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The Daily Wildcat

The Daily Wildcat


    Cutting funds for SNAP is hurting those in need

    Two weeks ago, the House of Representatives passed a $40 billion cut to the Supplemental Nutrition Assistance Program, better known as food stamps. The non-partisan Congressional Budget Office estimates that, beginning next year, this would remove 3.8 million low-income Americans from the life-sustaining program.

    This bill is bad policy. The idea that those utilizing SNAP benefits are disincentivized to find work because the government is providing them with food is a fallacy. This bill, if signed into law, will negatively affect our nation’s most vulnerable population.

    “In the real world, we measure success by results,” Rep. Marlin Stutzman, R-Ind., said on the House floor. “It’s time for Washington to measure success by how many families are lifted out of poverty and helped back on their feet, not by how much Washington bureaucrats spend year after year.”

    But cuts to SNAP do nothing to aid Stutzman’s mission of lifting low-income families out of poverty. According to Feeding America, a nonprofit organization that seeks to end hunger, the average net monthly income for a household receiving SNAP benefits is $338.

    The recent cuts target able-bodied adults without any dependents. Rep. Patrick McHenry, R-N.C., told constituents that the cuts should target any “adults who refuse to work.”

    Cutting a population out of a vital program in order to address the abuse of a small minority is not prudent or reasonable. The vast majority of able-bodied adults on SNAP use the program for its intended purpose — to secure food.

    According to Feeding America, “The perception that a sizeable portion of SNAP participants do not really need benefits is flatly wrong.” SNAP provides a necessary service to the lowest-income individuals in America. To qualify, one’s gross income can be up to 130 percent of the poverty line.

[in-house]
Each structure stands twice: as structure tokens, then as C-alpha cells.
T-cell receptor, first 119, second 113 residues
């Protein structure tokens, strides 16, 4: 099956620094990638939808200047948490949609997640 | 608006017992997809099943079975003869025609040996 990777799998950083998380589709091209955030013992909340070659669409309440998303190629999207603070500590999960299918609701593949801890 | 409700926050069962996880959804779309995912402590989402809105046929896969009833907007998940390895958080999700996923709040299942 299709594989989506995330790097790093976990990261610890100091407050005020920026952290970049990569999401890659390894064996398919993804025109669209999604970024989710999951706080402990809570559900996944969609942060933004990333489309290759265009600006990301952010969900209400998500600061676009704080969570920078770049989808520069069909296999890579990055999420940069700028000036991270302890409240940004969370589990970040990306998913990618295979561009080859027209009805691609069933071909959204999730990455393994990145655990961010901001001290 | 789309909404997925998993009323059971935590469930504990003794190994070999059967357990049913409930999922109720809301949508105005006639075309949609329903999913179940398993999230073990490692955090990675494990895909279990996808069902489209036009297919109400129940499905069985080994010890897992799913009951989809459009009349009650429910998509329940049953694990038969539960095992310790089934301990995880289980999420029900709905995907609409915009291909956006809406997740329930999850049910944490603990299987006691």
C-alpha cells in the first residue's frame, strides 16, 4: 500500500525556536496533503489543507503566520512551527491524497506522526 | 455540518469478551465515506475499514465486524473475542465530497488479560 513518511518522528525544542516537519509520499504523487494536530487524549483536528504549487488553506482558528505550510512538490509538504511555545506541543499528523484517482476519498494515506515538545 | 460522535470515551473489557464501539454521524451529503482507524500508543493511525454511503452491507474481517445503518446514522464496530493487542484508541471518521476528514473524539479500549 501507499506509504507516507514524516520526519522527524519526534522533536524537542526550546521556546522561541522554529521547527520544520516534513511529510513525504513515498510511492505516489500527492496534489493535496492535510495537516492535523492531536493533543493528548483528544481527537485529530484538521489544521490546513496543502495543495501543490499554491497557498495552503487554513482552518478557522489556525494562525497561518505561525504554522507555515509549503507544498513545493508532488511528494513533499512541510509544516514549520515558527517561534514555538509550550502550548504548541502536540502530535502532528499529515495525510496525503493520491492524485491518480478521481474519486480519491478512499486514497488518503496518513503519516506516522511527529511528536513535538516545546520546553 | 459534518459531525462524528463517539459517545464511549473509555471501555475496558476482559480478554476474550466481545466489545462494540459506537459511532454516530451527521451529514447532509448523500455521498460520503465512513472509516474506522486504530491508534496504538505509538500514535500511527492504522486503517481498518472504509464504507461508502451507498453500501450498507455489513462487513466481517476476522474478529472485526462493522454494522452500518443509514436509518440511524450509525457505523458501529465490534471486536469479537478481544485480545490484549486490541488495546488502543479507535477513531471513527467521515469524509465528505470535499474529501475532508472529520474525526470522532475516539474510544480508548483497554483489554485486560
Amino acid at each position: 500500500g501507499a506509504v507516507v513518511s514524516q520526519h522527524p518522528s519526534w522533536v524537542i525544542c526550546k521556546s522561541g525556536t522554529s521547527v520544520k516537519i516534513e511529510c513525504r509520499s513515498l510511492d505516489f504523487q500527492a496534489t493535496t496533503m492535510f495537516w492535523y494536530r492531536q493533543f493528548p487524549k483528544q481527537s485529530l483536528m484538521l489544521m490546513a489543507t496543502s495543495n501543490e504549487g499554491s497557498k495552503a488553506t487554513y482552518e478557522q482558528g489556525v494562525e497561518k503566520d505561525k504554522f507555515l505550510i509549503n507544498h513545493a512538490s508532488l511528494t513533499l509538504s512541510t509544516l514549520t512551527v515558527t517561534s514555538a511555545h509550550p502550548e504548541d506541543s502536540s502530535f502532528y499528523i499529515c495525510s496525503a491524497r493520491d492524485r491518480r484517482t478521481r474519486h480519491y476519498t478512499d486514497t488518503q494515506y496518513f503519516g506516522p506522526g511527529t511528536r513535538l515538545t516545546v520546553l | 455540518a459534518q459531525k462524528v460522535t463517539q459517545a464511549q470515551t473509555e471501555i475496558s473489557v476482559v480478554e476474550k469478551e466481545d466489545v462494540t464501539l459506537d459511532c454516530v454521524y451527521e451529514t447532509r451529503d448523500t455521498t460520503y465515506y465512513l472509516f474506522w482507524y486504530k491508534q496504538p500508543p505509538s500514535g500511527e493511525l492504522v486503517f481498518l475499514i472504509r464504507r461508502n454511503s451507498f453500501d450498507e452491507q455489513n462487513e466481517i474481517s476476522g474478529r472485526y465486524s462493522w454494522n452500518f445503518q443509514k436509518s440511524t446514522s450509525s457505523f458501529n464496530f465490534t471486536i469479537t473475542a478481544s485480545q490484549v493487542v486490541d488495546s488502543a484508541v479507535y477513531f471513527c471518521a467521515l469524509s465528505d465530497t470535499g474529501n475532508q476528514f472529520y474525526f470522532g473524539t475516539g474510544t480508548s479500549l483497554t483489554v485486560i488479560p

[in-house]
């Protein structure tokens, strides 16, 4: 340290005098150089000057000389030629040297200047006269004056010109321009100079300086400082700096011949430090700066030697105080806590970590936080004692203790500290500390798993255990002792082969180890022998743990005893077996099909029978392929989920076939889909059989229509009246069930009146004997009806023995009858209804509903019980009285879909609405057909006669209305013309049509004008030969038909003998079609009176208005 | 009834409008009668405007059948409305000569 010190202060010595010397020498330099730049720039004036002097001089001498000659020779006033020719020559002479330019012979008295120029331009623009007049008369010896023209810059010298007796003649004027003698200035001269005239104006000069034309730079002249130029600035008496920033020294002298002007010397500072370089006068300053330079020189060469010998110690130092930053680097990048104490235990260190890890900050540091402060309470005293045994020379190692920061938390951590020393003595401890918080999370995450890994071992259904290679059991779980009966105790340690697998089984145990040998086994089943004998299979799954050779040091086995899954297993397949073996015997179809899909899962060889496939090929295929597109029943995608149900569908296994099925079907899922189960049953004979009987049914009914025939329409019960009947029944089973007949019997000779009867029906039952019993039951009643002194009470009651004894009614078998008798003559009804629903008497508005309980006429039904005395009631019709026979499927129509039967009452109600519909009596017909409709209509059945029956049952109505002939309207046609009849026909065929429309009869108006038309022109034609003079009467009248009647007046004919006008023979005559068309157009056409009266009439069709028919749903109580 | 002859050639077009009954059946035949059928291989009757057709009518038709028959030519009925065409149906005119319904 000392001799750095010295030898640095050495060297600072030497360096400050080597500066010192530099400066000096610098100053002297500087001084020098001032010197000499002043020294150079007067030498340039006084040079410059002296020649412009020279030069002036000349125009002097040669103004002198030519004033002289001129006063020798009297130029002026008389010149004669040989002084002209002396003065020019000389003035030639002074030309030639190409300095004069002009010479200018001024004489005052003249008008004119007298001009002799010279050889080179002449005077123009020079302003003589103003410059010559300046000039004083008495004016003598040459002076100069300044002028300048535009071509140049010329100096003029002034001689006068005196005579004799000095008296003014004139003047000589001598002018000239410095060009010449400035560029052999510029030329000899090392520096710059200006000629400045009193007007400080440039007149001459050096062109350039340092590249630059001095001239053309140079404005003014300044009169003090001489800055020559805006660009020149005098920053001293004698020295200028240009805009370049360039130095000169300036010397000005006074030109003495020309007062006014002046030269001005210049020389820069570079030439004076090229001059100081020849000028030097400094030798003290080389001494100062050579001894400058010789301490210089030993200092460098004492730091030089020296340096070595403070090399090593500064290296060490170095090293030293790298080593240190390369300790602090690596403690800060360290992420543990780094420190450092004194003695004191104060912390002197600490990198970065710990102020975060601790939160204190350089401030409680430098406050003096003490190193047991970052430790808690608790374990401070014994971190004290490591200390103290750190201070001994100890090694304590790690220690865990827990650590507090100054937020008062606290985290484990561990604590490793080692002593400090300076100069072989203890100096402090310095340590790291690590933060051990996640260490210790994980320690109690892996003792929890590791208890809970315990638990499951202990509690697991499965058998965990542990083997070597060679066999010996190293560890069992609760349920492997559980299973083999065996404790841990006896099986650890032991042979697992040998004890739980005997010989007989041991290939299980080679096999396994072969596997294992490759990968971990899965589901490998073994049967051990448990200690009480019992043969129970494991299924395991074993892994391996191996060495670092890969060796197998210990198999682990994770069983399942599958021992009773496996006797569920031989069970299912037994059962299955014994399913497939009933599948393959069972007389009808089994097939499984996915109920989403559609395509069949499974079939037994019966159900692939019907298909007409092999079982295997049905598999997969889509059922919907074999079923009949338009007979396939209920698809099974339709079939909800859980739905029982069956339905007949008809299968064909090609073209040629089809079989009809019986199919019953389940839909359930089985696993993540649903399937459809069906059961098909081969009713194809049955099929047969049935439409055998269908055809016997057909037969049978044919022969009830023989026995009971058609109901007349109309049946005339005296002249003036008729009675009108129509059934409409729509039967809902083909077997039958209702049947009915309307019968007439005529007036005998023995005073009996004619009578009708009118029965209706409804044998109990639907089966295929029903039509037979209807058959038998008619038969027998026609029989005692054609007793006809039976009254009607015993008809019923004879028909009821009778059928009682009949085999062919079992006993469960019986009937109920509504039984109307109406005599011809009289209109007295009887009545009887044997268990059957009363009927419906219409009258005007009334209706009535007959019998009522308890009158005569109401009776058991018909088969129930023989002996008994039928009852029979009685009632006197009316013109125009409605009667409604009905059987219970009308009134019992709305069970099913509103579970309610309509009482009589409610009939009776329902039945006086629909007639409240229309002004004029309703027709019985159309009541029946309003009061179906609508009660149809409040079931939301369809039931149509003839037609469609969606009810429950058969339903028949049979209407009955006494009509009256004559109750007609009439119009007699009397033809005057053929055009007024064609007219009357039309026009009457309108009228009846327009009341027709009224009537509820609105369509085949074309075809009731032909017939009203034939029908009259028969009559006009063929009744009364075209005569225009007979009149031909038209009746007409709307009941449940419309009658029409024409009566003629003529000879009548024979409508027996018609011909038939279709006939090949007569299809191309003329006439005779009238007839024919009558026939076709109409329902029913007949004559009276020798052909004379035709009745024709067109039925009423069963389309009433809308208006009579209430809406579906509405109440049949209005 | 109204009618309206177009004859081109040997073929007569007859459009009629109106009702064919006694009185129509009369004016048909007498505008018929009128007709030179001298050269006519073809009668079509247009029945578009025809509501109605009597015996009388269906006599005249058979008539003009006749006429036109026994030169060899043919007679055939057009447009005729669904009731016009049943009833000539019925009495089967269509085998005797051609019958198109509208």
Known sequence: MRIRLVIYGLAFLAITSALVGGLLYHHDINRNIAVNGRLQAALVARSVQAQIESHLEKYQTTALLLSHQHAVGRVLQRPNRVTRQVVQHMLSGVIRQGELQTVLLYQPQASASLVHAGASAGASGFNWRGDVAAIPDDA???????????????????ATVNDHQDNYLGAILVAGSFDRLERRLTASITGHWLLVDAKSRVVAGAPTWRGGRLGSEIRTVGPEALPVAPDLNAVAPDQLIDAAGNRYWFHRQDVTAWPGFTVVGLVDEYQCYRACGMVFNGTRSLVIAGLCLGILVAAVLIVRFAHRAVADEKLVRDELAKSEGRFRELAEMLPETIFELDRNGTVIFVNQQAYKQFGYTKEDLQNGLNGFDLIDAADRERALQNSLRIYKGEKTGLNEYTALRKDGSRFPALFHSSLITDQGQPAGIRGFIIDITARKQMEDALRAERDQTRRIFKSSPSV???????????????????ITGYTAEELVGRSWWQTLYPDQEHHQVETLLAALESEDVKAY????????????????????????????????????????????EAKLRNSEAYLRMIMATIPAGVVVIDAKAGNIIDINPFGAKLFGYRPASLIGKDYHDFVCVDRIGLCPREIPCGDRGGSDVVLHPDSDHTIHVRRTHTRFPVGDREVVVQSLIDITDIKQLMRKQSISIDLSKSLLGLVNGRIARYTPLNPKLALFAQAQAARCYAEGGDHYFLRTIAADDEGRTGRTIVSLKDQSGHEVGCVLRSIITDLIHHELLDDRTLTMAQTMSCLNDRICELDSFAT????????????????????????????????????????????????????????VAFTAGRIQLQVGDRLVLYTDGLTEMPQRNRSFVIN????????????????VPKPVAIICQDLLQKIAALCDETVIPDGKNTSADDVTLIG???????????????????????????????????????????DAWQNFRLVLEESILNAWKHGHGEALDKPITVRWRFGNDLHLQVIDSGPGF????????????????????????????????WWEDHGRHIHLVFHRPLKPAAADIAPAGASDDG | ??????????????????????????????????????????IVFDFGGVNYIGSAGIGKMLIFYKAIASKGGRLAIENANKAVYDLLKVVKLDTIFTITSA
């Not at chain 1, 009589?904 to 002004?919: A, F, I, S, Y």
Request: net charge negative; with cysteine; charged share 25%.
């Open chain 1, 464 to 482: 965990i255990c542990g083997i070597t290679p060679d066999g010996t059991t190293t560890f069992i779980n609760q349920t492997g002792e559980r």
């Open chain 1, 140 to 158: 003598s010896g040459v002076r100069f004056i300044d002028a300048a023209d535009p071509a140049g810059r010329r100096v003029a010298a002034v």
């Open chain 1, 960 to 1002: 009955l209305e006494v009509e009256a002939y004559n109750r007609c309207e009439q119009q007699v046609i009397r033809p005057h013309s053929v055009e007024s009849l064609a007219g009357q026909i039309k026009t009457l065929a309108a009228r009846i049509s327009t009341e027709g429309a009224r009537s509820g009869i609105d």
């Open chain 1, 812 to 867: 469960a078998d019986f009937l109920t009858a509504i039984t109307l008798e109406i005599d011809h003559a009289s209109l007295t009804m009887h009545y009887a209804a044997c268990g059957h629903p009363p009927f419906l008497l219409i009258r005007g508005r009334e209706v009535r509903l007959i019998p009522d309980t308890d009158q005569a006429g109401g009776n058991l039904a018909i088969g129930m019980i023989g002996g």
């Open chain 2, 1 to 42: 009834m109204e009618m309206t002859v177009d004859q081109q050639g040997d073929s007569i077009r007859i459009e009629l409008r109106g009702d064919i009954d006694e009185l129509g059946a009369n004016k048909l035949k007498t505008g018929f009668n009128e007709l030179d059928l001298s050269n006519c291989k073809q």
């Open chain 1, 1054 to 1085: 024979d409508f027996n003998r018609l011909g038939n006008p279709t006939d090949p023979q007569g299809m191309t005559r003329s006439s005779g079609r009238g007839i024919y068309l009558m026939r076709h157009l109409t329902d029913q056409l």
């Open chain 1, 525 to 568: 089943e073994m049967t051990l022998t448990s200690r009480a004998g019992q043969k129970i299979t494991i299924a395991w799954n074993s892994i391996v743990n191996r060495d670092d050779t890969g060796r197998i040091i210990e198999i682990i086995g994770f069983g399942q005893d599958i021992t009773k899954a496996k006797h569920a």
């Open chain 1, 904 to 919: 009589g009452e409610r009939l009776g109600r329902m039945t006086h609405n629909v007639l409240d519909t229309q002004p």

The flawed logic presented by McHenry and House Republicans fails to recognize the multitude of reasons that adults cannot find work. Adults can struggle due to undiagnosed mental illnesses, an inability to qualify for disability benefits, or because they live in an economically depressed region. Nevermind the fact that we are still reeling from the worst economic disaster since the Great Depression.

    “Arizona is the nation’s third-highest state for food insecurity,” said Rep. Ron Barber, D-Ariz., whose district includes much of Tucson. “As families struggle to recover from the economic downturn, it is unconscionable for us to be making it more difficult for millions of Americans to eat.”

    Arizona’s unemployment rate is 8.3 percent, which is a full percentage point above the national average.

    According to the U.S. Census Bureau, SNAP kept nearly four million people above the poverty line in 2012 and has prevented millions more from sinking further into poverty.

    “I think the cuts are too drastic and too draconian,” Rep. Michael Grimm, R-N.Y., told Fox News. “Those that really need the program will suffer.”

    Stutzman said he disagrees and claims that in order to be fiscally responsible, the cuts are needed.

    However, the cuts are unnecessary, as the program is expected to reduce on its own as the economic recovery continues. As the number of available jobs increases and unemployment decreases, enrollment in SNAP will also decrease.

    If House Republicans want to help low-income individuals get back on their feet again, taking away a program that provides these individuals with food is surely not the answer. Congress should be focusing on how we can aid our economic recovery and provide more jobs to those SNAP participants who are actively searching instead of stripping them of a necessary program.

    Anthony Carli is a senior studying political science. Follow him on

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